On August 16, 1862, the 17th S.C. Inf. along with the rest of Evans' Brigade and Longstreet's Corps left the Gordonsville area and started off for Manassas Junction. They arrived at Rappahannock Station on the evening of August 22, 1862, and camped. The next morning they were part of the artillery duel, mostly victims, between the Union and Confederate Armies. After taking time to see to their dead and wounded they again moved, by way of Jefferson, VA and Hinson's Ford.

On August 27, 1862, they arrived at The Plains, VA. The next day two brigades of Longstreet's Corps were used to dislodge the Union troops on the hill above Thoroughfare Gap. Taking the gap by force, General Longstreet's Corps marched through on the morning of August 29, 1862 and united with General Jackson's Corps. They approached the Manasas area by way of Gainesville and Haymarket. These two towns are today busy "bedroom" subburbs of Washington, D.C. occuppied by commuters working in Washington. (click the image to the left to see the grade crossing of the CSX Railroad line, then the Manassas Gap Railroad and the Warrenton Road, today U.S. 29)

On, August 30, 1862, the Confederate troops attacked the Union line. (click the image to the left to see a map of their position and movement on the battlefield) The fighting continued until sundown. Between 4:00P.M. and 6:00 P.M. Evan's Brigade was ordered to attack the Union line on the high ground of the Chinn farm. This area is called, Chinn Ridge. The fighting was ferioucious. Union artillery commanded Chinn Ridge along with multiple lines of infantry. However, the Union lines eventually faltered and then were forced off the ridge. They retreated in disarray East and Northeast toward the Stone House at the intersection of Sudley Road and the Warrenton Road. Here they organized enough to prevent a complete rout but the battle was over. The Confederate troops had taken the field. General Pope's army continued its hasty, semi-organized retreat across the Potomac and back into Washington, D.C.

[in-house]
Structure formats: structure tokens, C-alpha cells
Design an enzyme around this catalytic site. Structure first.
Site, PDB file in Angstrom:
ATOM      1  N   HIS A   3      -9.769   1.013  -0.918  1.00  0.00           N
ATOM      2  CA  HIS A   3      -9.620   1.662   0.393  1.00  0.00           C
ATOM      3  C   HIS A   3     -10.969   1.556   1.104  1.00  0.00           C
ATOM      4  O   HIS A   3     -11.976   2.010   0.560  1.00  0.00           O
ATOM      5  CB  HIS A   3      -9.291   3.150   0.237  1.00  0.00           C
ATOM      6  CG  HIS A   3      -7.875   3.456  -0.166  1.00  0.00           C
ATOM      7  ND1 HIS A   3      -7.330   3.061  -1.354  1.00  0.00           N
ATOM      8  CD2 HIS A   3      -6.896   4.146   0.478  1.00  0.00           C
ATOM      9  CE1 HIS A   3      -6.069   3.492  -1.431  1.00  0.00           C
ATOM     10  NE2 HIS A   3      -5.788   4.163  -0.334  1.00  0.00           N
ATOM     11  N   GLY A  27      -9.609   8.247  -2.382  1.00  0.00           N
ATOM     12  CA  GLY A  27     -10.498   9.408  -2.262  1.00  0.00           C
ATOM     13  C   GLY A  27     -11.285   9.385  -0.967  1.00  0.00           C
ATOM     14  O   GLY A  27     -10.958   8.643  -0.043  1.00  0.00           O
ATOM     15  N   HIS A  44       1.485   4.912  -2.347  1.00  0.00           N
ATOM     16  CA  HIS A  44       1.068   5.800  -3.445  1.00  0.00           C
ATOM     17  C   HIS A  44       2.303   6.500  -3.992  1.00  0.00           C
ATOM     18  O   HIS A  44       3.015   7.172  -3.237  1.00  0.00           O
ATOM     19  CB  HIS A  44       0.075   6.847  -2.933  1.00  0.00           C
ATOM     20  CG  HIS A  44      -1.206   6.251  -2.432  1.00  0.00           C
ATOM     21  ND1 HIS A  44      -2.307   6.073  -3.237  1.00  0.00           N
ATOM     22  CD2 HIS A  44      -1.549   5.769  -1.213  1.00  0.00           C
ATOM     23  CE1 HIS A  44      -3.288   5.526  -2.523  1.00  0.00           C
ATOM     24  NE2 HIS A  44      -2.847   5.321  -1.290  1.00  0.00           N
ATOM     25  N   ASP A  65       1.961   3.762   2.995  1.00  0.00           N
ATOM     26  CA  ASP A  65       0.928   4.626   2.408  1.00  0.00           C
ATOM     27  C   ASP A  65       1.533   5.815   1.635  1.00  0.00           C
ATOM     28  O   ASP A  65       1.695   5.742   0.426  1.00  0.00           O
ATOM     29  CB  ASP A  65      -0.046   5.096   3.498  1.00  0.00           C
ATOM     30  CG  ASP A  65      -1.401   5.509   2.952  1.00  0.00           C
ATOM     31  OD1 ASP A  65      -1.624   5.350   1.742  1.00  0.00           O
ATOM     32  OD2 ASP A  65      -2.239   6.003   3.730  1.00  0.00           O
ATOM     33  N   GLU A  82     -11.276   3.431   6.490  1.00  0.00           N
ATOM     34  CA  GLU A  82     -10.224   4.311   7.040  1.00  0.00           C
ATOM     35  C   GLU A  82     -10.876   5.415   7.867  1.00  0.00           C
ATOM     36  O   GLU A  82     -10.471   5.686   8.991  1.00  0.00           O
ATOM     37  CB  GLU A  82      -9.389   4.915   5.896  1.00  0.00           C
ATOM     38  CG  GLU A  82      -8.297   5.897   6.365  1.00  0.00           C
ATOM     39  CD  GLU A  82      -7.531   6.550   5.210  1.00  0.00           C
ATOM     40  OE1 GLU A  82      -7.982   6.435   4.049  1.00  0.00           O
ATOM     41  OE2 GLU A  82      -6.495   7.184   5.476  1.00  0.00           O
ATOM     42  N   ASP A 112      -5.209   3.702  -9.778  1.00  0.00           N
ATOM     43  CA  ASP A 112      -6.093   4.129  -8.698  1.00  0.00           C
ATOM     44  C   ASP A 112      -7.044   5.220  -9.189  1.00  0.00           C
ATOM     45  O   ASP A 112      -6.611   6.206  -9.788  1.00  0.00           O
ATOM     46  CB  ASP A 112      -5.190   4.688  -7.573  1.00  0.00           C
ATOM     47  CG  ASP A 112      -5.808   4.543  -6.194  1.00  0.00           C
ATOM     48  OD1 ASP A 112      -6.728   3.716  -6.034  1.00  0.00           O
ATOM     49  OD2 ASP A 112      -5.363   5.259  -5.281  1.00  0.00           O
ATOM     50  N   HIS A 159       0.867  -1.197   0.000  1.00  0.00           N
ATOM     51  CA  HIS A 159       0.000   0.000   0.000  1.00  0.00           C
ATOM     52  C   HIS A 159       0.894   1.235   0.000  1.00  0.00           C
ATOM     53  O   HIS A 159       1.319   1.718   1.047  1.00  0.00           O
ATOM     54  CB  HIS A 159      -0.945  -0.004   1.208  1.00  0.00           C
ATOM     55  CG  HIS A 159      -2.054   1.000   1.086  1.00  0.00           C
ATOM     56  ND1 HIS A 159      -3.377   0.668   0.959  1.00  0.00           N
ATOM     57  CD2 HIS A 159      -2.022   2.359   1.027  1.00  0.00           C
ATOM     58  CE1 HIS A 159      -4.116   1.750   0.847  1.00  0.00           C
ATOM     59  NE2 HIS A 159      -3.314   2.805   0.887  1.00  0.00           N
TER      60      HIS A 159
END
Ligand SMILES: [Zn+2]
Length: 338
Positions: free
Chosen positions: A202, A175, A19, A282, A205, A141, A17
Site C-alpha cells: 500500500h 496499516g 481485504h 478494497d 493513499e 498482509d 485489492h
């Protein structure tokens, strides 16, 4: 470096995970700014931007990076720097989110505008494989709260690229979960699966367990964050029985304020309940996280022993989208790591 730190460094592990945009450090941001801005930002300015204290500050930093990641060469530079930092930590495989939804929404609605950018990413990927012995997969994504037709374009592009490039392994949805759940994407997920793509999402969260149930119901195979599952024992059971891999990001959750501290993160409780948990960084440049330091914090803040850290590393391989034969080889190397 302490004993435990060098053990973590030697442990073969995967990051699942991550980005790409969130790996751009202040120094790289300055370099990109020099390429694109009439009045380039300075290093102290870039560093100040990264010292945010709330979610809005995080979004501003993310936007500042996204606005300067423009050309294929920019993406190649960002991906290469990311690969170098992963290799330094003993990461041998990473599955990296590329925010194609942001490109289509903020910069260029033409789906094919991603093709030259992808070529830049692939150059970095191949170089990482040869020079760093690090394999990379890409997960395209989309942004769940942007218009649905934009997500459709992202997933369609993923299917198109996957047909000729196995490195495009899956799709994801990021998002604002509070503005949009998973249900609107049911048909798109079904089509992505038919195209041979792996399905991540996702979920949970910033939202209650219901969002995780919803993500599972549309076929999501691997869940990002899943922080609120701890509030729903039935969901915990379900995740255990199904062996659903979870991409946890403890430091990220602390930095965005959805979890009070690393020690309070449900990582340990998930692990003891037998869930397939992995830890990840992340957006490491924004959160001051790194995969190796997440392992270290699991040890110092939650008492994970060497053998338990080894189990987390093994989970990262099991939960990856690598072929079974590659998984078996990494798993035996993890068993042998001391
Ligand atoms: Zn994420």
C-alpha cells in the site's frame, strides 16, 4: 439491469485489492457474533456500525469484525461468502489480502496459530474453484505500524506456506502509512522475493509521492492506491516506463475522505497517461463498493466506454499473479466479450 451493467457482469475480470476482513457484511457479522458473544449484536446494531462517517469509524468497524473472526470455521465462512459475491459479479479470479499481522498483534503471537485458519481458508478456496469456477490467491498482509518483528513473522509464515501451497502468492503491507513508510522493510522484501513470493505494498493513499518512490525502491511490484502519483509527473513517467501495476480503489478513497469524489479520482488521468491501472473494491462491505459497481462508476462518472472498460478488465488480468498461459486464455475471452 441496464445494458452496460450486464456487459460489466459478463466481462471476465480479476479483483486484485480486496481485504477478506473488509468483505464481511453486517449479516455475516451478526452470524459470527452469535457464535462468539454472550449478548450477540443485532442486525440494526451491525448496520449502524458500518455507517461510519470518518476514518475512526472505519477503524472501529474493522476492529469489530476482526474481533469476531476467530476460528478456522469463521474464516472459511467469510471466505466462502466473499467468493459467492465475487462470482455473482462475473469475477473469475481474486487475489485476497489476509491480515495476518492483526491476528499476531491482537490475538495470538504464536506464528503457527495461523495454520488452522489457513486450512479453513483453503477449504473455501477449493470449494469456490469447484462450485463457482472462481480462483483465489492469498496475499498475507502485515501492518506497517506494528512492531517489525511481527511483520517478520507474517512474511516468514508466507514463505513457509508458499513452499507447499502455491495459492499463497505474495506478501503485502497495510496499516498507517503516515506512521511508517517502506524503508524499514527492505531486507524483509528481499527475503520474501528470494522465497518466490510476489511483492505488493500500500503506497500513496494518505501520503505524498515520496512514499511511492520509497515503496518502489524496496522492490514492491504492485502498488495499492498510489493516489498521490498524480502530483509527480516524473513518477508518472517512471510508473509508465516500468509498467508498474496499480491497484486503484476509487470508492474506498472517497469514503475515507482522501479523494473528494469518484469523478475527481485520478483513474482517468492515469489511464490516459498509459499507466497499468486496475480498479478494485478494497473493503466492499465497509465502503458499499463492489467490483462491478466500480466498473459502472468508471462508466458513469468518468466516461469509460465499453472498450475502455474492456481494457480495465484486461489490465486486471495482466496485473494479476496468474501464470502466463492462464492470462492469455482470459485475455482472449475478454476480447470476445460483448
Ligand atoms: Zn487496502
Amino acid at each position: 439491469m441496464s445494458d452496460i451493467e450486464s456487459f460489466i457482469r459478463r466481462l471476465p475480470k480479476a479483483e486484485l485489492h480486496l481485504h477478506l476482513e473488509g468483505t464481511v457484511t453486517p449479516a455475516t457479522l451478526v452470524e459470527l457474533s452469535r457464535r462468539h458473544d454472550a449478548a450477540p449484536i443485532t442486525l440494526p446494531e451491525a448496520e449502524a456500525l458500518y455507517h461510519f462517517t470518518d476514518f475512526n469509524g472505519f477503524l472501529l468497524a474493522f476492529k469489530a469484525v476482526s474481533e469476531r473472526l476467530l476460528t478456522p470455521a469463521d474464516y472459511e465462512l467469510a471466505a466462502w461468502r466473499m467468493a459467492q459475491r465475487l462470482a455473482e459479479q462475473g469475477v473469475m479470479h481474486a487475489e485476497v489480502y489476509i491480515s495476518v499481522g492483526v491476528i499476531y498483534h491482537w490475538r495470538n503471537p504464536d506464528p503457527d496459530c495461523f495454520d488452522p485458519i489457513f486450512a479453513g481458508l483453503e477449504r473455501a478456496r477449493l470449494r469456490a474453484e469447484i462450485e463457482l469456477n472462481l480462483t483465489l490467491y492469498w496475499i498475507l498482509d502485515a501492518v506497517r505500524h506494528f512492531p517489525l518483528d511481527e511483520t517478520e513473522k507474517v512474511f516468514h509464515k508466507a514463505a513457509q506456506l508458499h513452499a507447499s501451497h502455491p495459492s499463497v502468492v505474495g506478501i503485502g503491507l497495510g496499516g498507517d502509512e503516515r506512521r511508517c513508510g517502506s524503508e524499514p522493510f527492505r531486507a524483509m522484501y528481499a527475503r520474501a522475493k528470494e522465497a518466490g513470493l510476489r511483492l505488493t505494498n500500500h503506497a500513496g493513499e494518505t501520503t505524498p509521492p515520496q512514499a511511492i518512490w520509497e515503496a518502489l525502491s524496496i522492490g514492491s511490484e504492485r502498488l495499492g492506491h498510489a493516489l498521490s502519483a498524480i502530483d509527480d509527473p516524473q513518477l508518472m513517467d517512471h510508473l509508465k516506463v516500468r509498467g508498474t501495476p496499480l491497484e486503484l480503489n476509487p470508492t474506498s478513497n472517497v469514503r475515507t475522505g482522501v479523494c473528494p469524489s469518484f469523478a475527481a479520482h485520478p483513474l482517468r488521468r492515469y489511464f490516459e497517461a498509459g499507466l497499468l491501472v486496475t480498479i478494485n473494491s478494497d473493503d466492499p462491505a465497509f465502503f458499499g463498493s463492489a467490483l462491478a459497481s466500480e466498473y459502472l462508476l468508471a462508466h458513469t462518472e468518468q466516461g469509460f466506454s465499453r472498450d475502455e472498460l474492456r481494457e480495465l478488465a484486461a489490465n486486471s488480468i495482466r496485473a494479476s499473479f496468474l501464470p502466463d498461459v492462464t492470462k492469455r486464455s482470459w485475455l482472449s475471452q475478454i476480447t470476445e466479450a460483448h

(Click the images below to see what they saw... less the carnage.)

The Second Battle of Manassas was a definite victory for the Confederate Army but it had cost the 17th S.C. Infantry, and the entire Confederate Army dearly. The Commanding Officer of the 17th Infantry Regiment, Col Means, was wounded and died the day after the battle ended. He was a former South Carolina Governor. The rank and file also paid dearly. Capt. William Edwards of Co. A, states in his writings that 75 percent of the men were either killed or wounded. Offical "Returns" indicated this number was somewhat lower, nearer 66 percent. Either way, whether 3/4 or 2/3 wounded and dead, the price was horrendous.